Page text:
Home making and identity: a psychology of personality processes in North East Scotland.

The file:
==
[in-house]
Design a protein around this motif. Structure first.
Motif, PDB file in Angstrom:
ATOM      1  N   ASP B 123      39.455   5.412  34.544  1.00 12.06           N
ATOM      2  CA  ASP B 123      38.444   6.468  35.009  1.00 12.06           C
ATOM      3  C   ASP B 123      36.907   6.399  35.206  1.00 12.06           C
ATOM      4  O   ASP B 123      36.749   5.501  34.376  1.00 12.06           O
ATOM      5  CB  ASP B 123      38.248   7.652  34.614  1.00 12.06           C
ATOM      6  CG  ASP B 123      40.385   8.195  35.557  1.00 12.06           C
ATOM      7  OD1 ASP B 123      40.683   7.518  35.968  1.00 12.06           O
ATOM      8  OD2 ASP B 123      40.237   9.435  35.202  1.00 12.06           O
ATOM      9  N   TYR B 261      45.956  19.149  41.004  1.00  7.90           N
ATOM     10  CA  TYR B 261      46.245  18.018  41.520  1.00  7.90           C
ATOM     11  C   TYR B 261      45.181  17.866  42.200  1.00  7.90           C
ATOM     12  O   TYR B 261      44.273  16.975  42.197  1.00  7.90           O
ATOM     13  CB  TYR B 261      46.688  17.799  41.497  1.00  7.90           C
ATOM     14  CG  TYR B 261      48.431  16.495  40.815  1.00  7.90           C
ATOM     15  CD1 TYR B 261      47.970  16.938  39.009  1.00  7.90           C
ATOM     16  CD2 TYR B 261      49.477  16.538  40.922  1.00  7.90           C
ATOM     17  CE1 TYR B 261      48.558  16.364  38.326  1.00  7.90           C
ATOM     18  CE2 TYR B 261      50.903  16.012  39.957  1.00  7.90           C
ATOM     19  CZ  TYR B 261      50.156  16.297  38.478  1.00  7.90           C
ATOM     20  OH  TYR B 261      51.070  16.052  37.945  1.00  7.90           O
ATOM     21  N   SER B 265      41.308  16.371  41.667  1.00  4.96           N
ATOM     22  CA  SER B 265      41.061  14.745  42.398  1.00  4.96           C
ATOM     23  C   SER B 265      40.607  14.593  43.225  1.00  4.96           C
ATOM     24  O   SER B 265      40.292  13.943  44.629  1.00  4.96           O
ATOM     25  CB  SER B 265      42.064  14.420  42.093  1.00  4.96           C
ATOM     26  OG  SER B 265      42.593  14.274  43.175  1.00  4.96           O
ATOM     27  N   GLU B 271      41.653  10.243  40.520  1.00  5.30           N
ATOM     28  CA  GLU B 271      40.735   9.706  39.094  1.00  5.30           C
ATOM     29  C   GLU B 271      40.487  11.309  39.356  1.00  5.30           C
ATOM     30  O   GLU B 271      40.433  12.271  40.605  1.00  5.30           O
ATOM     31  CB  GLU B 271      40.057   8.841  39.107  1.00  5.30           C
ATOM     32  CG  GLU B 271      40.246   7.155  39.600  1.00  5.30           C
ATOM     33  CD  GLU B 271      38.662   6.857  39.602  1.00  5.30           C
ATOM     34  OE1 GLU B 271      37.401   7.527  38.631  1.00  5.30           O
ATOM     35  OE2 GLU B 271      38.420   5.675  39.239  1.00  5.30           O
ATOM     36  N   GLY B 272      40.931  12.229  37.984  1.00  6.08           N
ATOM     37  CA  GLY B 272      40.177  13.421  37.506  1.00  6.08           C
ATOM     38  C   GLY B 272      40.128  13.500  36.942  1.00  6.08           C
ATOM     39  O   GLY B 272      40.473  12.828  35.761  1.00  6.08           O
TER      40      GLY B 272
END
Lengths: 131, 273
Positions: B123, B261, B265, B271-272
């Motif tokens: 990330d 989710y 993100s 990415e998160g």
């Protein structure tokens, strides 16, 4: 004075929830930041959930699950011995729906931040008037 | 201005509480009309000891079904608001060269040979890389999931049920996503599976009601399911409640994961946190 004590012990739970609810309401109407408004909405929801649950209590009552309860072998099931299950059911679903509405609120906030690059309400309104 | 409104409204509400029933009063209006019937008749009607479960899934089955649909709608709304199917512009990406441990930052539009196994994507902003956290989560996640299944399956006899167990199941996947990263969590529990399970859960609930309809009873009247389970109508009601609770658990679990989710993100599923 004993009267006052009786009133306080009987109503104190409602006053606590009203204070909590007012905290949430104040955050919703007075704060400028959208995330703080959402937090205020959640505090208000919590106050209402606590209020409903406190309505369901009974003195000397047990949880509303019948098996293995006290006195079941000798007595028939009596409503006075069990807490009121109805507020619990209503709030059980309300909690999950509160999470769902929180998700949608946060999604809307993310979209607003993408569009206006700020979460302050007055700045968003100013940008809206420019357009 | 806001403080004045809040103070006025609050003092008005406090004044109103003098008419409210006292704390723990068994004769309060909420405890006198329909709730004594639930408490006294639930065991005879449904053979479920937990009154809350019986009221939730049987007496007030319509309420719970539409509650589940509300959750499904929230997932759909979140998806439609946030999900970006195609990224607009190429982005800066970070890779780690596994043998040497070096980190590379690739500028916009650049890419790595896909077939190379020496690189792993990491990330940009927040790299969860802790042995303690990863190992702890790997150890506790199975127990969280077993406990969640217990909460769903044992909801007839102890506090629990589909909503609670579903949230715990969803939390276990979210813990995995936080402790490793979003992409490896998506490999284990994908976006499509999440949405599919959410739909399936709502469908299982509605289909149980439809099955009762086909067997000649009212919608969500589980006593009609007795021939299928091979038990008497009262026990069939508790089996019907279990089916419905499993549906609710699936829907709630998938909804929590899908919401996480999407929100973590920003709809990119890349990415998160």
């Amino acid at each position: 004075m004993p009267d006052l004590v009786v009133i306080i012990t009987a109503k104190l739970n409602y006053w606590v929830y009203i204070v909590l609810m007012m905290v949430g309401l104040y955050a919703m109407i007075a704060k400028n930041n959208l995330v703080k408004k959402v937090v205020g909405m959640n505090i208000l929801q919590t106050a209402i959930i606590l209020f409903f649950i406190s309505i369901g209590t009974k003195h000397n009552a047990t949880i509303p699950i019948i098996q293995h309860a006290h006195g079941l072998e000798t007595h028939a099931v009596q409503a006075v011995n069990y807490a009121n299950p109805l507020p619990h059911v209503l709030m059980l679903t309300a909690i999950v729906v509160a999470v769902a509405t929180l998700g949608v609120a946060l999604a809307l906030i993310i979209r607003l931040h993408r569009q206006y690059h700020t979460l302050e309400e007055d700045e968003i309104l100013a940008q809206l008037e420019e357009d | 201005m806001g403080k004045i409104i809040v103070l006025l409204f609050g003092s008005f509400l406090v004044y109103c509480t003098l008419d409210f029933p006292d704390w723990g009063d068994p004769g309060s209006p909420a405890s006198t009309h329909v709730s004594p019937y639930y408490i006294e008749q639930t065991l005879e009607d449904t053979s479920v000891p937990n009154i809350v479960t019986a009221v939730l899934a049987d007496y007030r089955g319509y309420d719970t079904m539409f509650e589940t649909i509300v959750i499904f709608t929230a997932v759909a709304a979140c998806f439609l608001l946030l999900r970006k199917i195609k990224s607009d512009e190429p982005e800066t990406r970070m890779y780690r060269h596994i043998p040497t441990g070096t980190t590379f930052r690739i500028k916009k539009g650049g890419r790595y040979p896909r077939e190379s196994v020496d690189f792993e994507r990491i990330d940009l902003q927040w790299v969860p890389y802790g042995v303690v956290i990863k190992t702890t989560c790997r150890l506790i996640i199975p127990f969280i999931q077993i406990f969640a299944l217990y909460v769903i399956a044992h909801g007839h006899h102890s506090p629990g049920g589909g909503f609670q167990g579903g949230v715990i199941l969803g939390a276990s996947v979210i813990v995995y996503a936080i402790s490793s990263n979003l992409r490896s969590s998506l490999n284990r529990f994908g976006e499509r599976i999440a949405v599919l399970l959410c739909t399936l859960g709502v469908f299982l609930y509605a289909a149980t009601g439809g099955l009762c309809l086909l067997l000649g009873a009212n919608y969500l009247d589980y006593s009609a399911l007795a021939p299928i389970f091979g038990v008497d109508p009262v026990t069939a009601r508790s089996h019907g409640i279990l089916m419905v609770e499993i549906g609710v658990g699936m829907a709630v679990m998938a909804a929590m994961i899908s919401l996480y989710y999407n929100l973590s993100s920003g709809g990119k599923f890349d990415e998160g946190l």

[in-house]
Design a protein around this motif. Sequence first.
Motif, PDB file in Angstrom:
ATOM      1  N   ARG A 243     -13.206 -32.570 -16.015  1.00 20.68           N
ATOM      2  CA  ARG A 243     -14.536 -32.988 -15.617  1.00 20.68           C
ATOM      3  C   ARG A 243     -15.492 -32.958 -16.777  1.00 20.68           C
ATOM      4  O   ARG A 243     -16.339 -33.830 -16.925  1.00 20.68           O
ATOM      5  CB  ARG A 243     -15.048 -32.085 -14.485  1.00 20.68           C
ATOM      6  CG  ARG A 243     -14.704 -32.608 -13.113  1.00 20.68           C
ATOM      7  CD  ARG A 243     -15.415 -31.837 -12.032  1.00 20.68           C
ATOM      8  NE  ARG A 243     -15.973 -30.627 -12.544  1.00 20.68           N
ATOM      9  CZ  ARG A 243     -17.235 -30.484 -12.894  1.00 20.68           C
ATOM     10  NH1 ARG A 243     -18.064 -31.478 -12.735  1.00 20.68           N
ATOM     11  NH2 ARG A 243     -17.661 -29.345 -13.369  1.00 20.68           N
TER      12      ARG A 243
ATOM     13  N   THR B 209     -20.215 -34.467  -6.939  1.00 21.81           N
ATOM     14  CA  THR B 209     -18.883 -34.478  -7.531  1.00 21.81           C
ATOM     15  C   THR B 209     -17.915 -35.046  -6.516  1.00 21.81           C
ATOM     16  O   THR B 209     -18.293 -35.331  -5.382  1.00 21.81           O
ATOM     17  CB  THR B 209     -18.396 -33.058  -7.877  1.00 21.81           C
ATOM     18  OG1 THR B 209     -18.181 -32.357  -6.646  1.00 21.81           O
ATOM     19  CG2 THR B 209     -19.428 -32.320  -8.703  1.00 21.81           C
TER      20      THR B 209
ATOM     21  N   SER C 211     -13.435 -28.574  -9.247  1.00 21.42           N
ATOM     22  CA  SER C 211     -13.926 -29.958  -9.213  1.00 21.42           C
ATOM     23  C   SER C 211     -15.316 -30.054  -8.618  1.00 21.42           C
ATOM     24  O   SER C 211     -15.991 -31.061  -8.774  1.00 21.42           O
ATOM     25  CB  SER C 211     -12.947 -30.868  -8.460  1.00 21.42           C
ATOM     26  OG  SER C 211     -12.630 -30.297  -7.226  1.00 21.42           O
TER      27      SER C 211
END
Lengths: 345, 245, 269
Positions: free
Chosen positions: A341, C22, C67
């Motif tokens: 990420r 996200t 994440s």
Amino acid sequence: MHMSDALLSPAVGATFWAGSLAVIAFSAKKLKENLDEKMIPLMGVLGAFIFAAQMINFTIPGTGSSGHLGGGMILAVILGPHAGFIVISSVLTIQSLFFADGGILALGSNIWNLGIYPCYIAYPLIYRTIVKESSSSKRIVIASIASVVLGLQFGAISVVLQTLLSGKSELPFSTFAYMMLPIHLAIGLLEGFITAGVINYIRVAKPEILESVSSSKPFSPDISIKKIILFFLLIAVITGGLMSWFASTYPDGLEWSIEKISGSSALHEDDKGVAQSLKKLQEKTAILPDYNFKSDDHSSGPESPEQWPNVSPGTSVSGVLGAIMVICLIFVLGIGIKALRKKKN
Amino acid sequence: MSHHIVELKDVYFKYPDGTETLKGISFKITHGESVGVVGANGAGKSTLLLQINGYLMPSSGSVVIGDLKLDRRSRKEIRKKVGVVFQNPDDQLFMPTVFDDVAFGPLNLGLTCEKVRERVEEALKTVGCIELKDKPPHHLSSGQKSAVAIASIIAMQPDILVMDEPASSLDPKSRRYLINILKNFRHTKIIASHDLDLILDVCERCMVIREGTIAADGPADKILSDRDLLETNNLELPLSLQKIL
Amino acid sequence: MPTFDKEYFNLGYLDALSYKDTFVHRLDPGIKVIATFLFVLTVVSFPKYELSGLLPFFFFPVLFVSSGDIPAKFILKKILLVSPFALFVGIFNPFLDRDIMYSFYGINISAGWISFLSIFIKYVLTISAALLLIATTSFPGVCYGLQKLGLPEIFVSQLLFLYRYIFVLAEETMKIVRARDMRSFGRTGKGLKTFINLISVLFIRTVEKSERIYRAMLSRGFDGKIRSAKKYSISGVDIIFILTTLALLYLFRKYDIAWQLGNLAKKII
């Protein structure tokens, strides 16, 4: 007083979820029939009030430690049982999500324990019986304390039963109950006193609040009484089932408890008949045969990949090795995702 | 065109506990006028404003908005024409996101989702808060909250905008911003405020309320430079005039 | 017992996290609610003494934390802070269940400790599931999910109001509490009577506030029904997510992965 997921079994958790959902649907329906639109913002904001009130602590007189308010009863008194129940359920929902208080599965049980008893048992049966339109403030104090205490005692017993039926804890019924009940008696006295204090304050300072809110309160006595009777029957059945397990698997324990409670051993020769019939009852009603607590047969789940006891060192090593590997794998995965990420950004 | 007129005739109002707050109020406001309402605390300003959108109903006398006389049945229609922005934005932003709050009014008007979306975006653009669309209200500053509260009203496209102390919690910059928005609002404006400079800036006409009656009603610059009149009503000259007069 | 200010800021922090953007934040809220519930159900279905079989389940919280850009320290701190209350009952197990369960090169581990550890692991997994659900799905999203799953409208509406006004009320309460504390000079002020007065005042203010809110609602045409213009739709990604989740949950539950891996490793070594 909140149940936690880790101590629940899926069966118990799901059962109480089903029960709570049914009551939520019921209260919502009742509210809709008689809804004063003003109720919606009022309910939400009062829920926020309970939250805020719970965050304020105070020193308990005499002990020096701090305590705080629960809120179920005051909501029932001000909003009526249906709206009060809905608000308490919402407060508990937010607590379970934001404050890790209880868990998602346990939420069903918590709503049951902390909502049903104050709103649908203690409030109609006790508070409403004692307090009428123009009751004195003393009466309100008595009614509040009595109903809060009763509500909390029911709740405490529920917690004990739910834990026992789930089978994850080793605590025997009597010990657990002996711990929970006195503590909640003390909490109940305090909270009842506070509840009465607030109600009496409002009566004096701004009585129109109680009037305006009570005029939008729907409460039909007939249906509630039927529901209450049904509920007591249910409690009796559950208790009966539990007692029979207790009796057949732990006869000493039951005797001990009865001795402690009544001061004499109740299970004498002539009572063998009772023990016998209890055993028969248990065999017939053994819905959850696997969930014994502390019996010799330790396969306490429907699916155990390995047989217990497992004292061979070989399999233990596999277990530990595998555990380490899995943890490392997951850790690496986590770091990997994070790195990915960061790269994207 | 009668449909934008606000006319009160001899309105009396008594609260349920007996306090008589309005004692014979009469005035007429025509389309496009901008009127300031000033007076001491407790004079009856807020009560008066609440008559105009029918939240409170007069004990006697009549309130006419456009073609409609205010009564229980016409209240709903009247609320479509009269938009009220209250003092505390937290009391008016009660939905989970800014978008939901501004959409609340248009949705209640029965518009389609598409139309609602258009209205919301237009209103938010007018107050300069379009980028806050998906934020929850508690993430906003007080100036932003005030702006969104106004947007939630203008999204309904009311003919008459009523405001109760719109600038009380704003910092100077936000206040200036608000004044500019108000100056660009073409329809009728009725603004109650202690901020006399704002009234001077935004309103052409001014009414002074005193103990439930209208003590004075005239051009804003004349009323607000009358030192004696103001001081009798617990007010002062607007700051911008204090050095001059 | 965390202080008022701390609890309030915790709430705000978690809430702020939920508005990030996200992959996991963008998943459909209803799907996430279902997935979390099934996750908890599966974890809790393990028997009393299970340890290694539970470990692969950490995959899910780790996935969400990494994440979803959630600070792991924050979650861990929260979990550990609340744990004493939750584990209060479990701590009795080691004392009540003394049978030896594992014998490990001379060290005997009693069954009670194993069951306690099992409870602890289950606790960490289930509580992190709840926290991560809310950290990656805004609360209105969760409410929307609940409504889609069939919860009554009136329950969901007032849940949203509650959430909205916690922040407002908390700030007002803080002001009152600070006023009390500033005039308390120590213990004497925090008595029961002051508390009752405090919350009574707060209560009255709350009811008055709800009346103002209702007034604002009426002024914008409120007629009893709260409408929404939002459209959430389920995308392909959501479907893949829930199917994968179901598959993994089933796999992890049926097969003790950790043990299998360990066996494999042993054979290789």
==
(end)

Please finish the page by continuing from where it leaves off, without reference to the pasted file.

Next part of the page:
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This thesis investigates the roles of identity and personality in the home making process. Well-known approaches to identity typically define context in social or temporalterms, largely neglecting the physical environment. Personalisation of the dwelling has been argued to function in self-definition and self-presentation, yet only a small body of research corroborates such theories. Personalisation of the dwelling therefore presents an ideal context within which to explore identity processes in the physical environment. The thesis argues that the connection of identity to a dwelling has strong psychological implications for dwellers. Such implications are investigated, particularly in relation to meanings of home. The first study explores psychological and social drivers on the personalisation process through interviews with people who have converted farm buildings to home use. In the second study, attitudes towards home making behaviours are investigated in relation to social and personal identity orientations. The study explores whether such identity-based personality traits influence the way in which the dwelling is used as a means of self-definition. In the third and final study in-depth interviews are carried out with people living in typical Aberdeenshire dwellings. These interviews explore the ways in which identity and personality are connected to the dwelling and how these contribute to the process of home. Quantitative findings suggest that only a small relationship exists between identity orientations and personalisation. However qualitative findings in particular from the third study show a strong link between various aspects of identity and the dwelling. The ways in which identity is connected to the dwelling vary as a function of personality differences. Importantly these connections contribute to the process of home. This research constitutes contributions to a number of research areas, in particular home research and research exploring the role of personalisation and possessions. The research brings together identity, personality and home - areas which have not previously been explored together in great detail. The thesis presents a valuable framework within which to study the interactions of place, personality and identity processes and therefore makes an important contribution to a number of academic fields, in particular environmental psychology and built environment research.